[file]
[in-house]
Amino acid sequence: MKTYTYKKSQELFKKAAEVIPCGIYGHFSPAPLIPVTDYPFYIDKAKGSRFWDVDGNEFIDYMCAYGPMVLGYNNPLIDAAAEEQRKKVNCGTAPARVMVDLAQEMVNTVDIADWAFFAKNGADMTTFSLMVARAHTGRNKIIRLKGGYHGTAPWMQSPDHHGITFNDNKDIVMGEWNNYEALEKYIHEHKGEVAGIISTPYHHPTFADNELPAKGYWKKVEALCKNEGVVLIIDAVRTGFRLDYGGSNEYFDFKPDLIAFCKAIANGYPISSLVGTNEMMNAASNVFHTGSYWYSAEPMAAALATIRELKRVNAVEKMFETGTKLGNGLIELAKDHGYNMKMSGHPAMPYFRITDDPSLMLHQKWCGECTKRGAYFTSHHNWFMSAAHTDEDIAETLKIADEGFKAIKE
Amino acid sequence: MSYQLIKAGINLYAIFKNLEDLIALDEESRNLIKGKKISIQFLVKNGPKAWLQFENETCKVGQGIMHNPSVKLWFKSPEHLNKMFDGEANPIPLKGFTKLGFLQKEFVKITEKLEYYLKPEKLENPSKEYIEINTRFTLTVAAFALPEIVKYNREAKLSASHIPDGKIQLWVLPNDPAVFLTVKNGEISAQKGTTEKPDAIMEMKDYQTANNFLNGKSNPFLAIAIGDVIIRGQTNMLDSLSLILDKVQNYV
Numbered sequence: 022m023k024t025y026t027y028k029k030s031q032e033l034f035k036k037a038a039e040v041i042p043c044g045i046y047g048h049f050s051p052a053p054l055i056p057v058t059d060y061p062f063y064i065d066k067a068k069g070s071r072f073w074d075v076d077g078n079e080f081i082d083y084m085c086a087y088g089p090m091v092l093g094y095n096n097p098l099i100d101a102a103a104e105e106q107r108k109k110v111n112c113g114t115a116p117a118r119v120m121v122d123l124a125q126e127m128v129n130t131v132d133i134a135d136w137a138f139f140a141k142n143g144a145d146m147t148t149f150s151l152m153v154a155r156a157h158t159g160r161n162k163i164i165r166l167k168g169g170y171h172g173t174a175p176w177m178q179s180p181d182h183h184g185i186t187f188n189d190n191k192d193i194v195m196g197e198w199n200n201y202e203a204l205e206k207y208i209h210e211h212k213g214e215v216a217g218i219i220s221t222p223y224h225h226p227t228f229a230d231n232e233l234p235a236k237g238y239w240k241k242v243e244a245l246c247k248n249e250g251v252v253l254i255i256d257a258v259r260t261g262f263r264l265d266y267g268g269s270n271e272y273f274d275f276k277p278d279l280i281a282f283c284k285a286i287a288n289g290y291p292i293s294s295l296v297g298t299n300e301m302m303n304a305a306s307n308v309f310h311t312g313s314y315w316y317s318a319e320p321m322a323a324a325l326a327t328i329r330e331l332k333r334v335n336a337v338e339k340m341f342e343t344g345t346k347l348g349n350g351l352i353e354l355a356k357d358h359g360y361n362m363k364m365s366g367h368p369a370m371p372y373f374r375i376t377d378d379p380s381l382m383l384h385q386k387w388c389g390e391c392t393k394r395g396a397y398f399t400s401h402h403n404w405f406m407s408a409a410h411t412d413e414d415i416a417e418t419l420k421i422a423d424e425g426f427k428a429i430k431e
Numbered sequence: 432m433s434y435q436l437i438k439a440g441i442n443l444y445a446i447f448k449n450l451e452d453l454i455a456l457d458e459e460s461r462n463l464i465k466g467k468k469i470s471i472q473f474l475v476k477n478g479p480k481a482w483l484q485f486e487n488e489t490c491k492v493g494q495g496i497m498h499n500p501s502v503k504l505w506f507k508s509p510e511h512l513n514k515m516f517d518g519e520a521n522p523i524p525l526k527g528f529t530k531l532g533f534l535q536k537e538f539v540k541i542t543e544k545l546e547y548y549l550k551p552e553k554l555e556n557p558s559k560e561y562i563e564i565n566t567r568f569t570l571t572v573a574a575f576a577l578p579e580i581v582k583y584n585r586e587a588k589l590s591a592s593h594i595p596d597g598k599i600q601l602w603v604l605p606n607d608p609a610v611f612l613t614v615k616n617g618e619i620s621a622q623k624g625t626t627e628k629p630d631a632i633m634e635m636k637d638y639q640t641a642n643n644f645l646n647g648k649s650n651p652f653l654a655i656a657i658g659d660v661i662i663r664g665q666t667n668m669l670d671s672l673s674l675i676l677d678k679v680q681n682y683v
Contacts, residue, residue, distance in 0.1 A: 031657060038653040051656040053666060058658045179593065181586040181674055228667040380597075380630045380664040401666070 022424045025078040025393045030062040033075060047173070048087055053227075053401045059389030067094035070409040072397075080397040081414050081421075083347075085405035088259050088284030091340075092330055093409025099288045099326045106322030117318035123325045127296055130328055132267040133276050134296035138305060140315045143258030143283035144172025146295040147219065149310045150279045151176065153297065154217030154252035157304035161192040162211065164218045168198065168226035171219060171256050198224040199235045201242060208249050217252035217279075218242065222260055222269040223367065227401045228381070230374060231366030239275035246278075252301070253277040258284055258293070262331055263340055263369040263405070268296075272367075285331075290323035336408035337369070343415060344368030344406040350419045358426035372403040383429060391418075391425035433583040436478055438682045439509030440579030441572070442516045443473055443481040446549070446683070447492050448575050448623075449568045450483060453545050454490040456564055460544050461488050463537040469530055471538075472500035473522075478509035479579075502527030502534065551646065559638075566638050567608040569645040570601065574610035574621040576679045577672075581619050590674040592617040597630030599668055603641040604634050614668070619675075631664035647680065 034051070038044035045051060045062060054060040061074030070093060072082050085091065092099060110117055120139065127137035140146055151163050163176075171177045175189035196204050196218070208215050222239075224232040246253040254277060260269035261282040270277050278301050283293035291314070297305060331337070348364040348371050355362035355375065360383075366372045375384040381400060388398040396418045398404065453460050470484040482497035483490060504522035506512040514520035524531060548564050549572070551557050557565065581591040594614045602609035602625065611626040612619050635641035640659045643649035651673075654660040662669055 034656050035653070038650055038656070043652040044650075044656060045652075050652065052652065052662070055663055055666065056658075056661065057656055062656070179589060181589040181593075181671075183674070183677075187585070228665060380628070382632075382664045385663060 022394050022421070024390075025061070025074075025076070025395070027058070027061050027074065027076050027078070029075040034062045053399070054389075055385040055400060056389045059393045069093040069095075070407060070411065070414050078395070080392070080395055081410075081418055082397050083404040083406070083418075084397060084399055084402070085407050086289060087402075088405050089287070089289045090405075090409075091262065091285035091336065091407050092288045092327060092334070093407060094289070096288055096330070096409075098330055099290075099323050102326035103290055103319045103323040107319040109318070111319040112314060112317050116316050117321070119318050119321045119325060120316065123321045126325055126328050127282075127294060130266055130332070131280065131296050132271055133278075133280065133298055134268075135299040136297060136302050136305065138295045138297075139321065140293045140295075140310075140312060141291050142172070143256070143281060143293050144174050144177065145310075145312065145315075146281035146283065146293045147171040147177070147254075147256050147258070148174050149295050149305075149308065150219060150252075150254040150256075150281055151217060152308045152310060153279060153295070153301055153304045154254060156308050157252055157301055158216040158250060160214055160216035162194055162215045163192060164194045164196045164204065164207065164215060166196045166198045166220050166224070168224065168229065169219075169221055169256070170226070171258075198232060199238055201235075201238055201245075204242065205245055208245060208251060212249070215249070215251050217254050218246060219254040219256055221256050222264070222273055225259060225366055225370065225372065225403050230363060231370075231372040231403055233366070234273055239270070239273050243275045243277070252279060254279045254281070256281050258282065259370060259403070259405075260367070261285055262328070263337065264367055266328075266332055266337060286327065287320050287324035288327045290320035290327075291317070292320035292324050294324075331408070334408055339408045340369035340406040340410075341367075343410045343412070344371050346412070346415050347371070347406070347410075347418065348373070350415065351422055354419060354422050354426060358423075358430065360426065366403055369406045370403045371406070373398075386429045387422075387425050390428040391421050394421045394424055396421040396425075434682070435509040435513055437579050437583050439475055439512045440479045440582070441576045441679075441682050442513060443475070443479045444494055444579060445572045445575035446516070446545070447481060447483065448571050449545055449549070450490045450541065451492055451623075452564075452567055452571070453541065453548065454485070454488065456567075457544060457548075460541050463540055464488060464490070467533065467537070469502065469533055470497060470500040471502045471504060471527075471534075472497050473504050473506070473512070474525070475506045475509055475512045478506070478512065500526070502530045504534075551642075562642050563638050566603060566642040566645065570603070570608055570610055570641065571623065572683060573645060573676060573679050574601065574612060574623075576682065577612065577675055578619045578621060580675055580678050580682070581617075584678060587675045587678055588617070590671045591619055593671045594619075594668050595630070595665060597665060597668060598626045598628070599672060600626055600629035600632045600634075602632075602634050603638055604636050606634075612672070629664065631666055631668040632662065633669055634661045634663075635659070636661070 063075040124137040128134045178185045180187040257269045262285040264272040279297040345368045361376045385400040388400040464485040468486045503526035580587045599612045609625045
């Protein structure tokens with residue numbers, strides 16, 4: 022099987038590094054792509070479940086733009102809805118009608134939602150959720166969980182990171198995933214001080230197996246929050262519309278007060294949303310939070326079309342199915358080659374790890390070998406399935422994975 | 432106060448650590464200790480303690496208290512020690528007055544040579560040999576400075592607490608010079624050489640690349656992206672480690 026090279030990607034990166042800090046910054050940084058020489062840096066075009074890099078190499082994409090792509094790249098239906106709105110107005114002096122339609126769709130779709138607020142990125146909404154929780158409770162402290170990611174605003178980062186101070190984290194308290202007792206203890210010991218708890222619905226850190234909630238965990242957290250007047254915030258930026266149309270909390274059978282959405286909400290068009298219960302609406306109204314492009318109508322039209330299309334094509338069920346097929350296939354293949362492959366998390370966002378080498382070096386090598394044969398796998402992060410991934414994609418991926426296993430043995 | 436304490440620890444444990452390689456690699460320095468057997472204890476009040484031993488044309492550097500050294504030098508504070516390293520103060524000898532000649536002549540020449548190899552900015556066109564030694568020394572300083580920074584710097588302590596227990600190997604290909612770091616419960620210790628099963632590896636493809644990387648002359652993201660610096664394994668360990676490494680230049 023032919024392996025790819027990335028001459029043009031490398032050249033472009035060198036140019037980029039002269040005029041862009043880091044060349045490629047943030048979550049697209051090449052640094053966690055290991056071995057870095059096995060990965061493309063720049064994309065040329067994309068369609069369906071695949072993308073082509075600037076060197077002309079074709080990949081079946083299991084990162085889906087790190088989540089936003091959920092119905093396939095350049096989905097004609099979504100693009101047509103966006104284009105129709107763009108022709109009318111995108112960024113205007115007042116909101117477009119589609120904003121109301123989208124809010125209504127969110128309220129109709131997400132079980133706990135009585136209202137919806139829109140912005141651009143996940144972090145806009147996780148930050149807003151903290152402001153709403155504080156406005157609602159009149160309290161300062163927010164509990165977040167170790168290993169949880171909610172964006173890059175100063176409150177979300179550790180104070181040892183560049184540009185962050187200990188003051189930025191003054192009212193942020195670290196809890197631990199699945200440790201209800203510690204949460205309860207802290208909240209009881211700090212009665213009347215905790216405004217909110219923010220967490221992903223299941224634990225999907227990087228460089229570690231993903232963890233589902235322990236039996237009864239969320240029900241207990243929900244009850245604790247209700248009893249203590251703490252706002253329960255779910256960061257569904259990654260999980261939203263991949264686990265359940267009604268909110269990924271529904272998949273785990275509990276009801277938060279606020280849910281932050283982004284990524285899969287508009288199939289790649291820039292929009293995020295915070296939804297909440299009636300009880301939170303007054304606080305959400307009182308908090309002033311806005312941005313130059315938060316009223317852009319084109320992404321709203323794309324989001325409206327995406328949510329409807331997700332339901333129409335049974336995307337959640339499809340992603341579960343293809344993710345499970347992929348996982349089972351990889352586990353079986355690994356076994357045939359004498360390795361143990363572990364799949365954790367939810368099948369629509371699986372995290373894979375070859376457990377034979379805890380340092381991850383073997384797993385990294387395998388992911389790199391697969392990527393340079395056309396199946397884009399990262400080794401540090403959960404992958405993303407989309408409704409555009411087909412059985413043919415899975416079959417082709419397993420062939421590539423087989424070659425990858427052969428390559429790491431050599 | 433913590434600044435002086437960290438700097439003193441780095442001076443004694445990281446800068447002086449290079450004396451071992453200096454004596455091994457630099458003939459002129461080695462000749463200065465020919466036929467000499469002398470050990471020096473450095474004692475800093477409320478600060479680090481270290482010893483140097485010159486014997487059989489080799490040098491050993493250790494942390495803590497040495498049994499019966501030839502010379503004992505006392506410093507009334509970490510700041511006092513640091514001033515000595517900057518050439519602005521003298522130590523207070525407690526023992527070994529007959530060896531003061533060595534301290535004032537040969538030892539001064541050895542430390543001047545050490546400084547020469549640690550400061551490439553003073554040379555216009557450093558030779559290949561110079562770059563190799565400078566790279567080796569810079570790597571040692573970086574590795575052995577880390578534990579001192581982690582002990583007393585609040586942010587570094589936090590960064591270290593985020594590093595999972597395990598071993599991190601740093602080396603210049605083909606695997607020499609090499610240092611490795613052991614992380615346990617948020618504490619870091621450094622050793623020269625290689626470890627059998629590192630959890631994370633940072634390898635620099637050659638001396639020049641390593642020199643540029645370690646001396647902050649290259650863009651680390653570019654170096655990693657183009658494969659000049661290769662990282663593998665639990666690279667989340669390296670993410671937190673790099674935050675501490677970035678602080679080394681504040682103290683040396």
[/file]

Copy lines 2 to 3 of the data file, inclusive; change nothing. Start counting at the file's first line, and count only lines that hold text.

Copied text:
Amino acid sequence: MKTYTYKKSQELFKKAAEVIPCGIYGHFSPAPLIPVTDYPFYIDKAKGSRFWDVDGNEFIDYMCAYGPMVLGYNNPLIDAAAEEQRKKVNCGTAPARVMVDLAQEMVNTVDIADWAFFAKNGADMTTFSLMVARAHTGRNKIIRLKGGYHGTAPWMQSPDHHGITFNDNKDIVMGEWNNYEALEKYIHEHKGEVAGIISTPYHHPTFADNELPAKGYWKKVEALCKNEGVVLIIDAVRTGFRLDYGGSNEYFDFKPDLIAFCKAIANGYPISSLVGTNEMMNAASNVFHTGSYWYSAEPMAAALATIRELKRVNAVEKMFETGTKLGNGLIELAKDHGYNMKMSGHPAMPYFRITDDPSLMLHQKWCGECTKRGAYFTSHHNWFMSAAHTDEDIAETLKIADEGFKAIKE
Amino acid sequence: MSYQLIKAGINLYAIFKNLEDLIALDEESRNLIKGKKISIQFLVKNGPKAWLQFENETCKVGQGIMHNPSVKLWFKSPEHLNKMFDGEANPIPLKGFTKLGFLQKEFVKITEKLEYYLKPEKLENPSKEYIEINTRFTLTVAAFALPEIVKYNREAKLSASHIPDGKIQLWVLPNDPAVFLTVKNGEISAQKGTTEKPDAIMEMKDYQTANNFLNGKSNPFLAIAIGDVIIRGQTNMLDSLSLILDKVQNYV